Is your weight determined by your genes? Somewhat — but a new study shows that what you drink can affect how those genes work.
We all have a certain amount of genes that predispose us to gain weight. Some have more than others. These genes were handy in the times that food was scarce. If you had the ability to pack on the pounds during the good times, you would last longer in time of famine. (I personally would be hanging on while people dropped like flies around me!) The trouble is that in our society, the good times keep rolling on. There is no shortage of food. In fact, eating has become a recreation instead of a simple maintaining of life.
So those life-saving genes have become a curse. Does that mean you have to be fat? No, it’s just that for some of us it will take more effort.
A new study presented recently at an obesity conference in San Antonio and published online by the New England Journal of Medicine followed more than 33,000 Americans over decades. The study has proven one thing that makes a huge difference in whether people get fat or not. Sugary drinks. If people are predisposed to gain weight, those sodas will push them over the edge into obesity.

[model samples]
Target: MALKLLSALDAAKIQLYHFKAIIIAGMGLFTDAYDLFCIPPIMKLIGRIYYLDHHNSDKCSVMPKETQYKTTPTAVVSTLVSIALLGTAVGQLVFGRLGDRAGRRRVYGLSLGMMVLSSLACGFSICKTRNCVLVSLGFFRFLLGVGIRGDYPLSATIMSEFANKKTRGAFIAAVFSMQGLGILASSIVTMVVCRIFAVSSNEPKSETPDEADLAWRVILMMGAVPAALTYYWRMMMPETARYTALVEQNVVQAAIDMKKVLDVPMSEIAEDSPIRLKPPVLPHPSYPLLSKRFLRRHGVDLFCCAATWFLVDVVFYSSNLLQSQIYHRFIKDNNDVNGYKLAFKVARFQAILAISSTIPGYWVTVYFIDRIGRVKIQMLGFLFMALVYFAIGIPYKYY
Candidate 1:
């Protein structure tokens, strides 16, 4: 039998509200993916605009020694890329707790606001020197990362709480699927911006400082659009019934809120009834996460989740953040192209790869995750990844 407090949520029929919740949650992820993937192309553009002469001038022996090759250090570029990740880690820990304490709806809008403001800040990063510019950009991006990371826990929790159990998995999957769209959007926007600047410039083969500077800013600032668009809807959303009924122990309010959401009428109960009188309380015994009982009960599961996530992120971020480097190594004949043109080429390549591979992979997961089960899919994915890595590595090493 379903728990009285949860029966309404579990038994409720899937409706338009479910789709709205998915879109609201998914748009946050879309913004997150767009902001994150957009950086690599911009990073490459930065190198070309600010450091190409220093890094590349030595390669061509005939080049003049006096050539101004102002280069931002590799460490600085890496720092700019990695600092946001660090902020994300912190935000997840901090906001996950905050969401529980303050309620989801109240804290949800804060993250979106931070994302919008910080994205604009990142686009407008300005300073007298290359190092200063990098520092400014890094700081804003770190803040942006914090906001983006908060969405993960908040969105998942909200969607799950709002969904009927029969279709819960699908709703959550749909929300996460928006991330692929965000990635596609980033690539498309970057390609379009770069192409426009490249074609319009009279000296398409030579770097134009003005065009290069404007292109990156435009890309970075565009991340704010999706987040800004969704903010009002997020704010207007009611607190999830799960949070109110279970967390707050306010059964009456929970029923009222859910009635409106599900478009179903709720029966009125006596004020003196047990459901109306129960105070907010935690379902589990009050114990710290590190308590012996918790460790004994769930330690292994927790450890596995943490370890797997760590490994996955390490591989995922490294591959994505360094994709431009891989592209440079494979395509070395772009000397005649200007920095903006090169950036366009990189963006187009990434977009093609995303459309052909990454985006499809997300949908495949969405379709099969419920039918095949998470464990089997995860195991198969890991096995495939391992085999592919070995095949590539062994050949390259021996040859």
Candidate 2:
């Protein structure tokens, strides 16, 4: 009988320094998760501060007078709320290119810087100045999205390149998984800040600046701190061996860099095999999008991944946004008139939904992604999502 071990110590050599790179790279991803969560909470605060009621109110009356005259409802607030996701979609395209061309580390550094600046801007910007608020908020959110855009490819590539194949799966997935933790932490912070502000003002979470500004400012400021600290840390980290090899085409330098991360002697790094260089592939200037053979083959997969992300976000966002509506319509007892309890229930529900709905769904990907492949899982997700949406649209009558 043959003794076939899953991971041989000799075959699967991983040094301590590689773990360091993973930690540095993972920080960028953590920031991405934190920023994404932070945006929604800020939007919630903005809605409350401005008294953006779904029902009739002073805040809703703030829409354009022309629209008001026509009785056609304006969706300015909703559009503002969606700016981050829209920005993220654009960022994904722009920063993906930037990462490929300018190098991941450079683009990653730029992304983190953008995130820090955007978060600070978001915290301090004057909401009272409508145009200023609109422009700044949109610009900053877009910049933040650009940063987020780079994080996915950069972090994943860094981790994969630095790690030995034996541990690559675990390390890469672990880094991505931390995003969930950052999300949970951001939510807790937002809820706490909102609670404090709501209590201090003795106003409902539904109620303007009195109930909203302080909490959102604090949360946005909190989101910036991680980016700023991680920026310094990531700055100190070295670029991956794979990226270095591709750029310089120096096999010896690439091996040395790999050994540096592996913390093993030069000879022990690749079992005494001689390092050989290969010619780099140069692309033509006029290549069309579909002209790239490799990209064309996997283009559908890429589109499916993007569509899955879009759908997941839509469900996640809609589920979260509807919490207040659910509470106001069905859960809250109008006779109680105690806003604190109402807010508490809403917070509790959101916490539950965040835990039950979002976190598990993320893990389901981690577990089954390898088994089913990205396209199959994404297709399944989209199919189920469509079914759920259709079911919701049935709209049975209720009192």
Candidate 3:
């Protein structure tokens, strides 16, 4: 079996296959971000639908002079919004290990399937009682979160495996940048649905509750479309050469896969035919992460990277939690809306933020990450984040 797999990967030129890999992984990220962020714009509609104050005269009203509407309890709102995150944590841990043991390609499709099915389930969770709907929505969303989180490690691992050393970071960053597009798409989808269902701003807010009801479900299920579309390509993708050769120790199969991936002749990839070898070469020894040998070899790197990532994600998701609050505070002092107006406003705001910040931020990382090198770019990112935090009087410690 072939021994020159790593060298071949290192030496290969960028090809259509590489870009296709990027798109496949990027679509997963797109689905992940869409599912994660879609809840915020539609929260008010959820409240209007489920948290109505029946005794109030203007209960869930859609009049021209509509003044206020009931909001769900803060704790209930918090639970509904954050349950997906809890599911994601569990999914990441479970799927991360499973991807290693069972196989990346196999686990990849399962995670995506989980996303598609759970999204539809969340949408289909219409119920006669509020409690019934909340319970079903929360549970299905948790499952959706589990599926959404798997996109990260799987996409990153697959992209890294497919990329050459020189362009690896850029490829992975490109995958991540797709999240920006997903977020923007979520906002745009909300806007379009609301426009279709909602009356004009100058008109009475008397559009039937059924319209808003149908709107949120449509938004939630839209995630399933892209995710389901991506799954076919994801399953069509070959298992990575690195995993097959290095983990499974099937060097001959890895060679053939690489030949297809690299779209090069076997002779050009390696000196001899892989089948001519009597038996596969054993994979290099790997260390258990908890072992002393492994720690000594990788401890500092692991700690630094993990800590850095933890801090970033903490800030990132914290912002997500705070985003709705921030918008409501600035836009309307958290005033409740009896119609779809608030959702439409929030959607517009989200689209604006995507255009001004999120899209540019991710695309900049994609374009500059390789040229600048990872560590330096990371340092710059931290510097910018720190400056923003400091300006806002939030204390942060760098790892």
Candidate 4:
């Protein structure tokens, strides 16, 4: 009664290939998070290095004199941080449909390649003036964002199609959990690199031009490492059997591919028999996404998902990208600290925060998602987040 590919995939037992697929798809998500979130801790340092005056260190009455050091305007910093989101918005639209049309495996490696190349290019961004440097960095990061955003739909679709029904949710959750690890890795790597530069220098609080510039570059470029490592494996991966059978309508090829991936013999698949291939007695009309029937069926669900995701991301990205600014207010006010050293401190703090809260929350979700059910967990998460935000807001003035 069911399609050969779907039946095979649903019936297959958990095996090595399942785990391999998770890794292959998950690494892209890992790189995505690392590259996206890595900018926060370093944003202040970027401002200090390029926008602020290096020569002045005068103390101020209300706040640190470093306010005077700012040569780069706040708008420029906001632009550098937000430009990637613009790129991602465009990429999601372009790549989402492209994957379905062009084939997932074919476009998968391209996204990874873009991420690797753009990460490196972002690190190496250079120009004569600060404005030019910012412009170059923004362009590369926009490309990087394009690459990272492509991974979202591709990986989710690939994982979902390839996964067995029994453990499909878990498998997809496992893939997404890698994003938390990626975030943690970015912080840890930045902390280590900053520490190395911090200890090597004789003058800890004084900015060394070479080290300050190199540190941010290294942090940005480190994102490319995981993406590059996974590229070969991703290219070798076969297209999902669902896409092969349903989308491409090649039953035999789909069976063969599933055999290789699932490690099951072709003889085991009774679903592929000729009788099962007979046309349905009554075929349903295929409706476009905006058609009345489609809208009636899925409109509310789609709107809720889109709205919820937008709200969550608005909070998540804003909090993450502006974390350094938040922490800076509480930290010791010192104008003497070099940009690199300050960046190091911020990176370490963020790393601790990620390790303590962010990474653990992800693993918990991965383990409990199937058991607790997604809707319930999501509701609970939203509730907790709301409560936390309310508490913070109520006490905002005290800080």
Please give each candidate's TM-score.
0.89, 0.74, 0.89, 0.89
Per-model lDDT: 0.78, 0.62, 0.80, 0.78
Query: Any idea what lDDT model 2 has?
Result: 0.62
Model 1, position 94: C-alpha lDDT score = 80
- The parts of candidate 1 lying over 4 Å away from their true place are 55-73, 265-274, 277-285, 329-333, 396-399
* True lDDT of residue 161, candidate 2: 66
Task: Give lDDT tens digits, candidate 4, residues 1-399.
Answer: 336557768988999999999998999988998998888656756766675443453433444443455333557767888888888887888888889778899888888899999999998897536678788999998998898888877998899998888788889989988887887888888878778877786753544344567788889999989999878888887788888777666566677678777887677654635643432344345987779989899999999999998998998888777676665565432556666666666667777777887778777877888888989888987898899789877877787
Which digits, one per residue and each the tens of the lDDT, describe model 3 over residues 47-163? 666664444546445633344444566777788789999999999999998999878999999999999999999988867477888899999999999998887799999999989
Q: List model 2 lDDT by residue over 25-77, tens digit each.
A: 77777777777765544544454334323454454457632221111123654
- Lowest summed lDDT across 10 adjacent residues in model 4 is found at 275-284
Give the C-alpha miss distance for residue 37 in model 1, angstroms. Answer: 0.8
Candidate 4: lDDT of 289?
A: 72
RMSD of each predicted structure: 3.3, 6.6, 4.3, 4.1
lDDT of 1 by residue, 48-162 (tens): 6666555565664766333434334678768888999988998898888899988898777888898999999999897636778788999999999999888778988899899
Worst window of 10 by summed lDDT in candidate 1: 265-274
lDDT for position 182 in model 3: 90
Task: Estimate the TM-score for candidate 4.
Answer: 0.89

For every 10 risk genes for obesity a person has, the chance of obesity corresponds with the number of sugary drinks he regularly consumes.
We figured there might be a connection, given the fact that soda consumption and the obesity rate have both doubled since the 1970s in the U.S. The new study, which actually consisted of three separate studies run at the same time by three different groups, proved the correlation.
If you are struggling with weight that just won’t come off, no matter how carefully you eat, maybe you need to think about what you are drinking. That cola might just be pushing your obesity button.
Eating to live and living for Christ,
Susan Jordan Brown